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From Oystein.Grov...@Sun.COM (Øystein Grøvlen)
Subject Re: SELECT ... FOR UPDATE not working?
Date Fri, 19 Aug 2005 11:26:32 GMT
>>>>> "KW" == Kristian Waagan <Kristian.Waagan@Sun.COM> writes:

    KW> The   behavior   of   Derby   compared  with   MySQL   (started   with
    KW> --default-storage-engine=innodb)  and  PostgreSQL  is still  different
    KW> though. PostgreSQL and MySQL does  not allow the update no matter what
    KW> transaction isolation level is used.  Can you say anything about which
    KW> behavior is correct/expected?

I think what creates confusion here is that there is two different
uses of "FOR UPDATE" in SQL:

  1. The standard "DECLARE CURSOR ... FOR UPDATE" which declares
     updatability of a cursor.  In JDBC, one will use ResultSets
     instead of SQL Cursors and Connection.prepareStatement() allows
     you to specify the updatability of the result set.

  2. The non-standard "SELECT ... FOR UPDATE" which is implemented in
     many databases.  Traditionally, it seems like the intention is to
     indicate that the records selected by such a select statement may
     be updated by later statements of the same transaction.  In most
     databases this will cause the records to be locked exclusively by
     the select statement.  This way, later update/delete statements
     will not have to upgrade shared locks to exclusive and potential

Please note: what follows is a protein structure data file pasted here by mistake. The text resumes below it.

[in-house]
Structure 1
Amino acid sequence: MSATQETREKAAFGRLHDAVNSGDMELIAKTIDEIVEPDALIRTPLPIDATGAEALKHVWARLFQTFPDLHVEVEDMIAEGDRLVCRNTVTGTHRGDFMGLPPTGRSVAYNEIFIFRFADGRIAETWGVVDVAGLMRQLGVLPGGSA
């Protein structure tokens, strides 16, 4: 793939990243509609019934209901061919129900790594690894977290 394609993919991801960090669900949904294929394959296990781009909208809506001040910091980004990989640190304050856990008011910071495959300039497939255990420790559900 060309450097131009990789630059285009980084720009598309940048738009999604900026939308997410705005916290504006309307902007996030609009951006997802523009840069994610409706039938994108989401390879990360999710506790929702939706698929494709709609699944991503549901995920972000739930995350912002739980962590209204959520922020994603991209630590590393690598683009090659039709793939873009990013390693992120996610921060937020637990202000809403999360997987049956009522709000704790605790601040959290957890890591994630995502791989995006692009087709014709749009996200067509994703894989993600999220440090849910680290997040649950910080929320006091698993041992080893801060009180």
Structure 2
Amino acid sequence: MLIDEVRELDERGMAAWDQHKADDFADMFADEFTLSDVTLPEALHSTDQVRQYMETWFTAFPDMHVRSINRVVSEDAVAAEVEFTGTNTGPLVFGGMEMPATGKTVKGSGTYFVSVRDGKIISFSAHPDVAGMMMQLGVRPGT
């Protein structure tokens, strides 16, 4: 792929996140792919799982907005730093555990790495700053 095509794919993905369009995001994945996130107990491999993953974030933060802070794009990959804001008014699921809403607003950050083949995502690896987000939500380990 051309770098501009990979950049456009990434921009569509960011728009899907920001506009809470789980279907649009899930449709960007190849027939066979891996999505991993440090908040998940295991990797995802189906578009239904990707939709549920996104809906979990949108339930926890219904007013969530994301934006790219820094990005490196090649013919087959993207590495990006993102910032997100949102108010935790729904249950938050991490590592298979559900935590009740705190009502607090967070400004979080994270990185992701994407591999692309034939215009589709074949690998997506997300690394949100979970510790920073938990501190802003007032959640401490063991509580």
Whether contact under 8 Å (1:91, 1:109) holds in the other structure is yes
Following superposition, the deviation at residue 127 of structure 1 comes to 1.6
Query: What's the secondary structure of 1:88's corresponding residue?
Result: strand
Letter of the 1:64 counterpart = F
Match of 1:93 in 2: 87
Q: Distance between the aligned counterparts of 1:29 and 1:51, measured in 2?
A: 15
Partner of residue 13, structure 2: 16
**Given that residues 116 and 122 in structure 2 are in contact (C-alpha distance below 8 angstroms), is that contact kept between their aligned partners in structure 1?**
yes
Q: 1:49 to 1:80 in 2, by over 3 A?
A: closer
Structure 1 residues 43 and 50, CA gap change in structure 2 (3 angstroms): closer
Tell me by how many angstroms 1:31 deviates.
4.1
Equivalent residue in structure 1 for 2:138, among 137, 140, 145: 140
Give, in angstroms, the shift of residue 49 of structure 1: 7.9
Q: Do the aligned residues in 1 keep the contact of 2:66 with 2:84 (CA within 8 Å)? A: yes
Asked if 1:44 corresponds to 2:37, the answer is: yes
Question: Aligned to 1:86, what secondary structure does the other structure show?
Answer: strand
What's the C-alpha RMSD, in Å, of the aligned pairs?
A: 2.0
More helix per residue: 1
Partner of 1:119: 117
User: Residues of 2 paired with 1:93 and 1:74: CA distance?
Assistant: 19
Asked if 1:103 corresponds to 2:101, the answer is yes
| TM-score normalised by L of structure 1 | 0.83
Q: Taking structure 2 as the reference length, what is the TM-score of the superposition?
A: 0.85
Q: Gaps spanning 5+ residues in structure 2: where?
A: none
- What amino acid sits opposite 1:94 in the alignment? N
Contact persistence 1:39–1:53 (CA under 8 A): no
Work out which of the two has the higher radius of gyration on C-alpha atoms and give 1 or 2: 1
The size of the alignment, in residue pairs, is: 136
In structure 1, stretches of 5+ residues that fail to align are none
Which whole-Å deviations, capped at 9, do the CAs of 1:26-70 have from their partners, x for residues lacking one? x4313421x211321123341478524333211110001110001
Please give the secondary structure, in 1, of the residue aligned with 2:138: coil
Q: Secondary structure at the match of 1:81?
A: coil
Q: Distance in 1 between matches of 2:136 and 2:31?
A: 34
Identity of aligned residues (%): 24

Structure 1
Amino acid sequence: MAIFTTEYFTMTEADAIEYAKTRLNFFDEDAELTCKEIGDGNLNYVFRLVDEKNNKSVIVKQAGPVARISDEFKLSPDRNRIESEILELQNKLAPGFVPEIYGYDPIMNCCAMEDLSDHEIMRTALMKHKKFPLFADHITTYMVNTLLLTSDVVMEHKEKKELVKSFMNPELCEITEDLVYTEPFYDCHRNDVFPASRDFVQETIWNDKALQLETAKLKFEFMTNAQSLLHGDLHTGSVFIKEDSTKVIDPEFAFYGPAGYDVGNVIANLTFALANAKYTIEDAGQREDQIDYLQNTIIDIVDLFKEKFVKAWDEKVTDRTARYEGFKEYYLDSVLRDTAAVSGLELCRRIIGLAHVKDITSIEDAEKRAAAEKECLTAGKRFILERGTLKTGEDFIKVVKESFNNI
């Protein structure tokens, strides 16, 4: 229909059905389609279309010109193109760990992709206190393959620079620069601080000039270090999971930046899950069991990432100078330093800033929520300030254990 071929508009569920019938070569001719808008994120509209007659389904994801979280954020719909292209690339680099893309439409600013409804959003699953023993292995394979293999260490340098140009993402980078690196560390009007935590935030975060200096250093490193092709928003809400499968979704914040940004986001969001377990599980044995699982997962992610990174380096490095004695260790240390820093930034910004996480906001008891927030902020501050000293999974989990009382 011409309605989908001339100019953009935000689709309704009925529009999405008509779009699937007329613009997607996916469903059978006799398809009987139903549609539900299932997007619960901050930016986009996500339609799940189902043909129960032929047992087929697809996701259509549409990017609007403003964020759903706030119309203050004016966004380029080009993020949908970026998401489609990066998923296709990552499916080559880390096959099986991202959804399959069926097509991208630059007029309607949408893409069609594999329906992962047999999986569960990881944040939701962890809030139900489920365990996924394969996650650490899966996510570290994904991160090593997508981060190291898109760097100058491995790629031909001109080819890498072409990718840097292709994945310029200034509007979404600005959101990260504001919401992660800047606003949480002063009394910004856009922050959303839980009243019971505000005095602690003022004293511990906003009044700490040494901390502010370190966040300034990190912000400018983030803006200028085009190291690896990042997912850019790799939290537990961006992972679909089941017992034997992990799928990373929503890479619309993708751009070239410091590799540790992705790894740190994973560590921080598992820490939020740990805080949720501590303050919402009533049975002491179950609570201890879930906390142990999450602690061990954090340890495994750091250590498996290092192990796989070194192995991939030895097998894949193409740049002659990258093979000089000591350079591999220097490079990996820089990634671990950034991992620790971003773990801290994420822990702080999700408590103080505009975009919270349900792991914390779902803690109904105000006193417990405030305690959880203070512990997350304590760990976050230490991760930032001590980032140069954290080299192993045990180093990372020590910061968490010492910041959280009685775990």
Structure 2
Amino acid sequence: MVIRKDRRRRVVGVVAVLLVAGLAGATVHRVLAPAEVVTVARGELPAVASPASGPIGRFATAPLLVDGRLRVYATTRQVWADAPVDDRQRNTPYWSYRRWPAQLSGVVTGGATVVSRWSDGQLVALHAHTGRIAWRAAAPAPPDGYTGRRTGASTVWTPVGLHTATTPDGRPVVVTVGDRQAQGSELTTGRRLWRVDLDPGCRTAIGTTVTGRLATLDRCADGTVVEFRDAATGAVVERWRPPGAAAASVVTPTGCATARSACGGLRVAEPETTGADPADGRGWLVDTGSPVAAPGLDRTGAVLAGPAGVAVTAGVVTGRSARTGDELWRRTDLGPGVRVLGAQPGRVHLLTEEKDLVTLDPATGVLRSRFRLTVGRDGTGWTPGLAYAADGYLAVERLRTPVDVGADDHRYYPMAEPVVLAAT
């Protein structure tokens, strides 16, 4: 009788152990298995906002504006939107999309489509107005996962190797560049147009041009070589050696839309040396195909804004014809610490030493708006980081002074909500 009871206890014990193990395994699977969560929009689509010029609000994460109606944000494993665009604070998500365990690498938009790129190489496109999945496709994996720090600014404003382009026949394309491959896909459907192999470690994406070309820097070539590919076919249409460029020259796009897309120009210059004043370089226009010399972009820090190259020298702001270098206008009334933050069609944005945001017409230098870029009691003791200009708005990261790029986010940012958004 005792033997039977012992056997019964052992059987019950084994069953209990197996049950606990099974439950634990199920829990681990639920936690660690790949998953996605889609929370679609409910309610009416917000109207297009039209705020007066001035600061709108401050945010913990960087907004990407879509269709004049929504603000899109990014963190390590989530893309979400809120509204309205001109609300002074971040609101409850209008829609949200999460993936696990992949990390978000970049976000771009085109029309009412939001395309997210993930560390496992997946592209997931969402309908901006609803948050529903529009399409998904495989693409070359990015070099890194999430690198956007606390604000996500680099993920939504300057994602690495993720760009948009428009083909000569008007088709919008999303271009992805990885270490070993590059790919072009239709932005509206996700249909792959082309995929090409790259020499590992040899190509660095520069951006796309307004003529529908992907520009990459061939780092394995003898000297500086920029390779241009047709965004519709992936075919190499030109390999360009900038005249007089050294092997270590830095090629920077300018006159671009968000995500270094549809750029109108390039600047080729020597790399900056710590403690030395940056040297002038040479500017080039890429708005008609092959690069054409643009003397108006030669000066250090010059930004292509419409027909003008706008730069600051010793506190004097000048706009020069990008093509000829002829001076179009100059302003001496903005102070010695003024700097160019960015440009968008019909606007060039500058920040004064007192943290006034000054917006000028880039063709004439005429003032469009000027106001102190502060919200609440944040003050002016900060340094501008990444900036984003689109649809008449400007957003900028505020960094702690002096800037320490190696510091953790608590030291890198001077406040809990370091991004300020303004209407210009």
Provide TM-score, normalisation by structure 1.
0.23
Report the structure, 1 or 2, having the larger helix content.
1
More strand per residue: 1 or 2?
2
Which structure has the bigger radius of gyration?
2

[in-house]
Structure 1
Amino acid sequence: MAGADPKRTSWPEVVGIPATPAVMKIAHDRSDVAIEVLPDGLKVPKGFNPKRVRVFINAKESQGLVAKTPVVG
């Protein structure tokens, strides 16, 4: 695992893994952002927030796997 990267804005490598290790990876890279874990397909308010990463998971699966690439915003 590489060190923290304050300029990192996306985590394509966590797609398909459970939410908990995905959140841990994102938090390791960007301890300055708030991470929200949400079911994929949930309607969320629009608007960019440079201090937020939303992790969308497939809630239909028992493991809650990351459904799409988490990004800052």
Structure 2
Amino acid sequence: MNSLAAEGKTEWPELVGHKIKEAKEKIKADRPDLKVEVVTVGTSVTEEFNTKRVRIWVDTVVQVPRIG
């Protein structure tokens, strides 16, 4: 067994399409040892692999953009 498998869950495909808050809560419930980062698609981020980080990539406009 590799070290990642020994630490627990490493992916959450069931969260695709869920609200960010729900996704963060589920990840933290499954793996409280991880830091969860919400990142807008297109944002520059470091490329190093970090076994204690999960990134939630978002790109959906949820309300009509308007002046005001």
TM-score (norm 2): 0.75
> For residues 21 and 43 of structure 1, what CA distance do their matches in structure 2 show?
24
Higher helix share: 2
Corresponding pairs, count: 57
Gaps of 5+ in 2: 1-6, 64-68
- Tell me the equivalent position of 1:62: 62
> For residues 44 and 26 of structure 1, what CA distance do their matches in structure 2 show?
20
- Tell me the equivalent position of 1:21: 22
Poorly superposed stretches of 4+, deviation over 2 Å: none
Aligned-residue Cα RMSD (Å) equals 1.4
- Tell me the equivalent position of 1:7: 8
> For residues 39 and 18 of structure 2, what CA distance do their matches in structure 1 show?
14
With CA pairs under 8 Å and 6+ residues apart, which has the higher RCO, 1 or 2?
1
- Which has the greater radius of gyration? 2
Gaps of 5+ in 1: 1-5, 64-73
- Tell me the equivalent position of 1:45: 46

lock conflicts at that stage are avoided.

Derby seems to have mixed these two cases and requires "SELECT ... FOR
UPDATE" for the result set to be updatable.  As Kristian's example
shows the locking behavior is not the same as you would expect from
other databases that have this extension.  In other words, "SELECT
... FOR UPDATE" is only used to indicate updatability, not to indicate
what may be updated by succeeding statements.

In my opinion, the best thing would be to deprecate the use of "SELECT
... FOR UPDATE".  For JDBC programmers, I am not sure the "SELECT
... FOR UPDATE" extension to the standard is necessary.  Using
updatable result set should in most cases be preferred to using two
statements to select and update a record.  I also think it is a
mistake to reuse this non-standard syntax for another purpose, i.e.,
to specify updatability, when there are standard ways to achieve this
through JDBC.  It is even worse that Derby requires this non-standard
syntax in order to get updatable result sets.

-- 
Øystein


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